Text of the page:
Last argument: Major test on voting rights
A major constitutional controversy, with potentially far-reaching impact on the voting rights of minorities, reaches the Supreme Court in Northwest Austin Municipal Utility District v. Holder (08-322). It tests the constitutionality of Congress’ 25-year extension of Section 5 of the Voting Rights Act of 1965. The final oral argument of the current Term will occur in the case starting at 10 a.m. Wednesday. The audiotape of the argument will be released for broadcast shortly after 11 a.m.
On Feb. 3, 1870, after the state of Iowa had voted to ratify the Fifteenth Amendment, it became a part of the Constitution. It says that the right to vote could not be “denied or abridged” by the national or state governments based on “race, color, or previous condition of servitude.” For the first time since the Constitution was written in 1787, blacks — including former slaves — were guaranteed the right to vote. Many historians contend, however, that this right did not become a reality for minorities across America for more than 95 years – until after President Lyndon B. Johnson signed into law the Voting Rights Act of 1965, on Aug. 6 of that year.
Beginning in about 1890, a wave of state laws had sought to nullify the effect of the Fifteenth Amendment, as well as of the Fourteenth Amendment’s guarantee of legal equality. Blacks seeking to vote were required to do such things as demonstrate that they could read and write, which many could not, or to pay poll taxes, which many of them could not afford. If official barriers did not keep them from attempting to vote, violent intimidation did. The pattern persisted for decades. A series of court decisions could only nullify one barrier at a time, and modern barrier-clearing federal anti-discrimination laws – enacted in 1957 and later — were no more effective in breaking the grip of discrimination in voting. By 1965, Congress had become persuaded that more sweeping measures were necessary to assure that minorities actually did get to the polls and did get to vote and have their votes counted.
To civil rights advocates, the resulting law is the most effective federal civil rights law ever passed. The NAACP Legal Defense Fund has said, for example, that “it is the law that first made the promises of the Fourteenth and Fifteenth Amendments meaningful in the area of voting.” To some conservative analysts, though, it amounts to a deep intrusion into the sovereign powers of the states. Utah political science professor Anthony A. Peacock, for example, has called it a “draconian” measure that has “effectively put states into "administrative receivership,’ undermining principles of federalism at their most fundamental level.”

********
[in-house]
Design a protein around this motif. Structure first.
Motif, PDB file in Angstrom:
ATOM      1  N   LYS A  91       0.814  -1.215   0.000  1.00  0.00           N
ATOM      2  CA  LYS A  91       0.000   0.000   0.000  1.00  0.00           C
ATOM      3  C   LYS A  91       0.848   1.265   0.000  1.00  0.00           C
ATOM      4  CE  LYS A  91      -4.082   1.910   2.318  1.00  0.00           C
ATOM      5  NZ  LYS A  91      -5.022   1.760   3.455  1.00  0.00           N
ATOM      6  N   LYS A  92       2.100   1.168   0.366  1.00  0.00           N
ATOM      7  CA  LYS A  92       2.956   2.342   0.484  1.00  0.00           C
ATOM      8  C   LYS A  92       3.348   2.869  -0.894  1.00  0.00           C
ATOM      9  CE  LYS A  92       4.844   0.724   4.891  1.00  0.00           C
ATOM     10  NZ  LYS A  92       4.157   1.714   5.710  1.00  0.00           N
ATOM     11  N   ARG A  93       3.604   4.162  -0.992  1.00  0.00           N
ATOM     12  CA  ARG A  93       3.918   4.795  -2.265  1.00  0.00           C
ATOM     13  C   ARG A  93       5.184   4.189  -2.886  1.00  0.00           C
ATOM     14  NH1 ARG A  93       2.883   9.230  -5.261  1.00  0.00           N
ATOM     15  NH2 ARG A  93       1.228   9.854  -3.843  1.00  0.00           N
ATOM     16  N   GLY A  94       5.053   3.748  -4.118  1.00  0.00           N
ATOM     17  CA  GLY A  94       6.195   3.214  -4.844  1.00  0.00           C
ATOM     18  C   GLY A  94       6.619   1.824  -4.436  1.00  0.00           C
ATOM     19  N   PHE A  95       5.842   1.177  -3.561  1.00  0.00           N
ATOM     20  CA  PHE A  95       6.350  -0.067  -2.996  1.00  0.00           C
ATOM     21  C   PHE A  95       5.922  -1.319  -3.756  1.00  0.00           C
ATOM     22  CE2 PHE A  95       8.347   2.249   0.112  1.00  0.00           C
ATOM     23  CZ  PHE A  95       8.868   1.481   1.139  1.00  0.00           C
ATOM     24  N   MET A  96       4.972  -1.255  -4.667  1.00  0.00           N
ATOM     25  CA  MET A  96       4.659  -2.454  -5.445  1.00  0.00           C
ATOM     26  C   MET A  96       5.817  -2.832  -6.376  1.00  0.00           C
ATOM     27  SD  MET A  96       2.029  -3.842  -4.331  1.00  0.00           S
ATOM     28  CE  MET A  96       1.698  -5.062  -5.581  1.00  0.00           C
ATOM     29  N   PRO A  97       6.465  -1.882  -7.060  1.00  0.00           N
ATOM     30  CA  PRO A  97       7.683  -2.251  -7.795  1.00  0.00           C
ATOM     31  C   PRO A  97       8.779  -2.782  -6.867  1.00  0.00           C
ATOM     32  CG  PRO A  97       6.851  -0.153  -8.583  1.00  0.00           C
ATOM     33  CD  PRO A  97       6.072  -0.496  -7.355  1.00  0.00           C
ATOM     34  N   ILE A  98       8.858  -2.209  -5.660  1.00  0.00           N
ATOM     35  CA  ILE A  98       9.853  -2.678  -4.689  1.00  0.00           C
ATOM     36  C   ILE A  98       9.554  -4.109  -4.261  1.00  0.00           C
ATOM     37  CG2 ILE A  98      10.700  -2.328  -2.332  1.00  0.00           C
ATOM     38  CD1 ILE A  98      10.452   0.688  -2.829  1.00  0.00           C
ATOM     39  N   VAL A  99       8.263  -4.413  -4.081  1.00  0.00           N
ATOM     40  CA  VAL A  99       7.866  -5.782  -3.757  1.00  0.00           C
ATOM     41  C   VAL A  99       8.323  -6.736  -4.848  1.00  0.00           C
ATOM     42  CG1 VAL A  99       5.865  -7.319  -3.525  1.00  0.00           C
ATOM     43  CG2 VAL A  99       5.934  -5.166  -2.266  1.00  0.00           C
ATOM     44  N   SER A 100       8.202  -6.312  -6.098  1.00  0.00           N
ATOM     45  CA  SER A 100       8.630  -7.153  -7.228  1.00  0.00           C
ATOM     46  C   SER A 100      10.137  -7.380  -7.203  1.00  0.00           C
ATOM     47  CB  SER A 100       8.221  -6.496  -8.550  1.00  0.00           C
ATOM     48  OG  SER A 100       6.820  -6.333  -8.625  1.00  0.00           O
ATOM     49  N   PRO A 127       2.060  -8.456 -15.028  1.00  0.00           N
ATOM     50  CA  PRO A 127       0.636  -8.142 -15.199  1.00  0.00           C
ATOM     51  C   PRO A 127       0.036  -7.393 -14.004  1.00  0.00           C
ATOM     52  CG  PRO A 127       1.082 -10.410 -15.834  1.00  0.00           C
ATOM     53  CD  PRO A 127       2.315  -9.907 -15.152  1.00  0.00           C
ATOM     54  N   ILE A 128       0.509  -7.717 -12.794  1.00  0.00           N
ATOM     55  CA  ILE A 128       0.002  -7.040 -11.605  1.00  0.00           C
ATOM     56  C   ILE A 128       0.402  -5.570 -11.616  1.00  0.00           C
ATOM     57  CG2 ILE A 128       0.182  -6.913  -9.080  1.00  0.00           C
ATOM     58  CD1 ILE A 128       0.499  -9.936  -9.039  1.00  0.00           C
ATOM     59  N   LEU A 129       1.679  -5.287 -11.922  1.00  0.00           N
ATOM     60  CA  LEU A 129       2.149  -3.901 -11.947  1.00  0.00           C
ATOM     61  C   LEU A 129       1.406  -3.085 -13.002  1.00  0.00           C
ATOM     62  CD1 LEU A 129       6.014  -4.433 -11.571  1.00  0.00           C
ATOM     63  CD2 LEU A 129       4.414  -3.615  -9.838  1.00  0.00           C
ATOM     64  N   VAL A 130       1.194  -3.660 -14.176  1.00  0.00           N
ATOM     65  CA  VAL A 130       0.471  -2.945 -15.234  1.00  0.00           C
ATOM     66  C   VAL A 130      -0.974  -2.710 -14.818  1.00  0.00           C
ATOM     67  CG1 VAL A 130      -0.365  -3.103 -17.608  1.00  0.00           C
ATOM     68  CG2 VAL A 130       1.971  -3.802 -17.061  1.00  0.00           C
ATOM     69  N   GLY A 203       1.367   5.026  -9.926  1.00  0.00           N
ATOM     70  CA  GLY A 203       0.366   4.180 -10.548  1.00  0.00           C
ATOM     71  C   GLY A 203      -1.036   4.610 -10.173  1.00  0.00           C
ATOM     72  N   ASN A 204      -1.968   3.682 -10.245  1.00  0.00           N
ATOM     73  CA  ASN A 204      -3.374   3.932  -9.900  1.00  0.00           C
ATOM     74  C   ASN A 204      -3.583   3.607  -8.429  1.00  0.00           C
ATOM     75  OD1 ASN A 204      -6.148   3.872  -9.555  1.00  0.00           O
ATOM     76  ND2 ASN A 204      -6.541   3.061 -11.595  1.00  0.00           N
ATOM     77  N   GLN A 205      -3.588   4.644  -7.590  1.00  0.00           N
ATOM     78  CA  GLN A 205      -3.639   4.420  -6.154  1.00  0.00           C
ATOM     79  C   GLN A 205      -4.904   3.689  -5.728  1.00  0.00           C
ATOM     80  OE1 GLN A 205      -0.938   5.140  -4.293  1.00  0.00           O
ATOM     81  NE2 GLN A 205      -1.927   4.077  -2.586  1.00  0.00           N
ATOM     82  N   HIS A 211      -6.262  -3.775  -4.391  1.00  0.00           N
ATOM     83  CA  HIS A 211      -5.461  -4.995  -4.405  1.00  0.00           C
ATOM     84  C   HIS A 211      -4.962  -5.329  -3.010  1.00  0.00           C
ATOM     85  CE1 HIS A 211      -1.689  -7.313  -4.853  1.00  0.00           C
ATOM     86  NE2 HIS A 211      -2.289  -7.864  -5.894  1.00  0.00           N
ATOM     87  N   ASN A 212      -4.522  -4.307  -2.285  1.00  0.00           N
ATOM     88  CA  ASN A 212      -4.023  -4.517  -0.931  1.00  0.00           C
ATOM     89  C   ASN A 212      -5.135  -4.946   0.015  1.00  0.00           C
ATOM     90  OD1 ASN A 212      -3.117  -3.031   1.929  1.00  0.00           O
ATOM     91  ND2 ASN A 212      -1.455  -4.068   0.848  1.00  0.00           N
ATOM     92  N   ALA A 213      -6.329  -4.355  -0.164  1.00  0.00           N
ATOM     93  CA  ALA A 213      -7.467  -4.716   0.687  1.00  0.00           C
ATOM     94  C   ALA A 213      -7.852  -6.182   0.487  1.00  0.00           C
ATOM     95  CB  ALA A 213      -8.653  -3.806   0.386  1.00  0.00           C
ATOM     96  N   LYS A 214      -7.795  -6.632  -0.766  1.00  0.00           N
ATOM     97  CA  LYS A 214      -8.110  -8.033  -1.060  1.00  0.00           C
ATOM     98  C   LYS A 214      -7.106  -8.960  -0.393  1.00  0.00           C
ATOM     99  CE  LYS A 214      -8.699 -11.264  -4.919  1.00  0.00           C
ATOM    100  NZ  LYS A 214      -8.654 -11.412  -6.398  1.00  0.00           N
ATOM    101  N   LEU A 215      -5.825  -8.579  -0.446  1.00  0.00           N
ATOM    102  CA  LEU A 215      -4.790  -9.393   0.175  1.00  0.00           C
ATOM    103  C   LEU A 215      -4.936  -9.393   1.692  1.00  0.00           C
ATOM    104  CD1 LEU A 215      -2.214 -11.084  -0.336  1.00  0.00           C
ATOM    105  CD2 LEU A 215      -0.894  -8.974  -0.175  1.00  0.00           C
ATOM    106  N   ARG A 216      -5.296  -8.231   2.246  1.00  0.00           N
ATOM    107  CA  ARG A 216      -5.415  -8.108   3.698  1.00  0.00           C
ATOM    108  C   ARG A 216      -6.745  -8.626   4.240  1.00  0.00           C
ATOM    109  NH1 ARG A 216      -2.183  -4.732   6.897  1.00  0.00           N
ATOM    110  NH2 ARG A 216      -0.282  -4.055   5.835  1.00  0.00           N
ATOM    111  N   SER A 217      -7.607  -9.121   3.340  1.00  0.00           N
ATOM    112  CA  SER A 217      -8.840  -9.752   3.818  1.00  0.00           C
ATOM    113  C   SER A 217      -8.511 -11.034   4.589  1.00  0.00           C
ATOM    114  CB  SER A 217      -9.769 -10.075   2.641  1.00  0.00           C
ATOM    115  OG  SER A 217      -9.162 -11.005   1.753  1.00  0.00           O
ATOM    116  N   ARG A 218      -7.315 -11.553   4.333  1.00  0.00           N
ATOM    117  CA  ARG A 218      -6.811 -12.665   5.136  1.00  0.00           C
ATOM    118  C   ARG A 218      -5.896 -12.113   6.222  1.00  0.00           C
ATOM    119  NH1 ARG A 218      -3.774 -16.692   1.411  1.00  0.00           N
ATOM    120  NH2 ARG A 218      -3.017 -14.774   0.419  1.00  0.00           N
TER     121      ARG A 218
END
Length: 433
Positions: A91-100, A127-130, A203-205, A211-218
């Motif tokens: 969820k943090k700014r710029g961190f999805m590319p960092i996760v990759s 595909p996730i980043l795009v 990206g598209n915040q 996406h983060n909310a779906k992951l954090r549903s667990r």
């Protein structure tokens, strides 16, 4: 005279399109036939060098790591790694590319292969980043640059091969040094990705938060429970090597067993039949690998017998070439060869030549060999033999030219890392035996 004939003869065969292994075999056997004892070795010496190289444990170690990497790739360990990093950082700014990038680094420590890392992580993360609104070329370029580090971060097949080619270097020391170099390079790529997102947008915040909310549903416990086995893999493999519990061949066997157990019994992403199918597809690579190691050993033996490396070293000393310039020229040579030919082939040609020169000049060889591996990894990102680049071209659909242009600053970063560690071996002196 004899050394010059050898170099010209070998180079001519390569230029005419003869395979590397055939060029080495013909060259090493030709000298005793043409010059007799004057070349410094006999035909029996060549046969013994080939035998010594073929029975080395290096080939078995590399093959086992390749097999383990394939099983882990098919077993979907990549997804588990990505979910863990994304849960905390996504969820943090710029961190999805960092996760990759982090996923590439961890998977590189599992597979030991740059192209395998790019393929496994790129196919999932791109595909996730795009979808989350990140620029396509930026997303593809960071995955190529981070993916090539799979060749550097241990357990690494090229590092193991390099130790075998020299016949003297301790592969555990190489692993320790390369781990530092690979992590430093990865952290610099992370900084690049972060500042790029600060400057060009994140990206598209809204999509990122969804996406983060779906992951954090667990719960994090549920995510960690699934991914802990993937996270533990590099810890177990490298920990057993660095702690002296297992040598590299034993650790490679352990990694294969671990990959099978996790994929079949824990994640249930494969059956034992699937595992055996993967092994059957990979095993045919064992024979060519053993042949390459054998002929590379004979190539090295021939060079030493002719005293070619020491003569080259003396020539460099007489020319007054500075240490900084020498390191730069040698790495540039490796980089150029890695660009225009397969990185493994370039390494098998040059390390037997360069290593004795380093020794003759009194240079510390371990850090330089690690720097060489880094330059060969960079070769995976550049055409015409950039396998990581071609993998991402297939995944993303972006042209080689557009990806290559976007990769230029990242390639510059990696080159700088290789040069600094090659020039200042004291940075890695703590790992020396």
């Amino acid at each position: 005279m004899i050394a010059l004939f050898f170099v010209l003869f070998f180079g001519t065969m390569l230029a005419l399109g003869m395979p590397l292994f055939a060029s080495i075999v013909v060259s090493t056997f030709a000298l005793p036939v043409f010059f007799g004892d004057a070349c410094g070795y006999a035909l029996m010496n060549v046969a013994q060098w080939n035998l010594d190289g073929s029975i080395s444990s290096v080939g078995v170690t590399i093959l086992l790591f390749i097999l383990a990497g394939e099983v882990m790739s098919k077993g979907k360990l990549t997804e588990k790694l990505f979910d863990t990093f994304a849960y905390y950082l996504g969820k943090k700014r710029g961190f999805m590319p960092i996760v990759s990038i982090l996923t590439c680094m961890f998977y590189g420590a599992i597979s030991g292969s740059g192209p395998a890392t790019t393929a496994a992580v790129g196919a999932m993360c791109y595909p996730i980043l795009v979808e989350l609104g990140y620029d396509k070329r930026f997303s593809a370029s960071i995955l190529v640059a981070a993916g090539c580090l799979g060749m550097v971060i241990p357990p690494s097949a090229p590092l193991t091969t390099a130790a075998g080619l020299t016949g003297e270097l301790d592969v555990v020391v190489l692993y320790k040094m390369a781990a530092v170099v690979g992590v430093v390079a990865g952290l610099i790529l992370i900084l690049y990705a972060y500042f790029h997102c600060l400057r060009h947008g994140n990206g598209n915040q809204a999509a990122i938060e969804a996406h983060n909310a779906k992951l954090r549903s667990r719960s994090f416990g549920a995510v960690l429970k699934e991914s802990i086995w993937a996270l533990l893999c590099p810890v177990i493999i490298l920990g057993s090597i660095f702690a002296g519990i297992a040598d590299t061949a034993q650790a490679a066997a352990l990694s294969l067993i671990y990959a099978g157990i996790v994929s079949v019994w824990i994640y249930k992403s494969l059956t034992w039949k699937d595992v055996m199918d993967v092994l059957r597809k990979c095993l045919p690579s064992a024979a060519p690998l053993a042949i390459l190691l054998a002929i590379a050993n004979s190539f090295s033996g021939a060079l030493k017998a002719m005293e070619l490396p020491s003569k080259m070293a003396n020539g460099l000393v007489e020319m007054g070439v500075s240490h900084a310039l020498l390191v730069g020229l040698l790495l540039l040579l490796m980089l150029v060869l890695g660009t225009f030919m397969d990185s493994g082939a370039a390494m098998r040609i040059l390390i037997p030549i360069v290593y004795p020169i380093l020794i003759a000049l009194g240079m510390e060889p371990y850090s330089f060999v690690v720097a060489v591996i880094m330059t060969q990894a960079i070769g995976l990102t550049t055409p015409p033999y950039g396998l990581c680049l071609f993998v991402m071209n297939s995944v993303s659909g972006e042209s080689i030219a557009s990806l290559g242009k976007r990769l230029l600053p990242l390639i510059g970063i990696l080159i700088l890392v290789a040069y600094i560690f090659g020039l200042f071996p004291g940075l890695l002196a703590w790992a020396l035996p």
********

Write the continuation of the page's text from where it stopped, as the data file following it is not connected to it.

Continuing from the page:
Now, for the first time in 29 years, the Supreme Court is confronting a new, direct constitutional challenge to a key section of the 1965 Act. The case is Northwest Austin Municipal Utility District v. Holder (08-322).
Congress made part of the 1965 Act permanent and nationwide in its binding effect – the part that outlaws any state or local “voting qualification or prerequisite to voting” or any procedure that denies or abridges the right to vote based on “race or color.” But another part of the law – Section 5 — was aimed mainly at the states in the South where there had been a sustained history of racial bias in voting. That part – Section 5 – was not made permanent. Initially, it was to be in effect for five years. But Congress has since extended it – in 1970 for five years, in 1975 for seven, in 1982, for 25, and, most recently, in 2006, for 25 more years, running through 2032.
To determine where Section 5 would apply, Congress provided that a “covered jurisdiction” would be one that had in force in 1964 a “test or device” that denied the right to vote (a literacy or knowledge test, a educational test, a morality test, or an endorsement as a voter by someone else) and that, in addition, had voter registration or actual vote turnout rates under 50 percent of the voting age population in 1964. A “covered jurisdiction” could be an entire state, or a county, city or other governmental unit at the local level. In those states or units, any and every change in voting regulations could not go into effect until cleared by either the Justice Department or a federal court in Washington, D.C.
The original law thus reached all of these Southern states – Alabama, Georgia, Louisiana, Mississippi, South Carolina and Virginia – plus 39 of North Carolina’s 100 counties, and one county in Arizona. Covered governments could bailout by showing they had not had a vote-denying test for the past five years.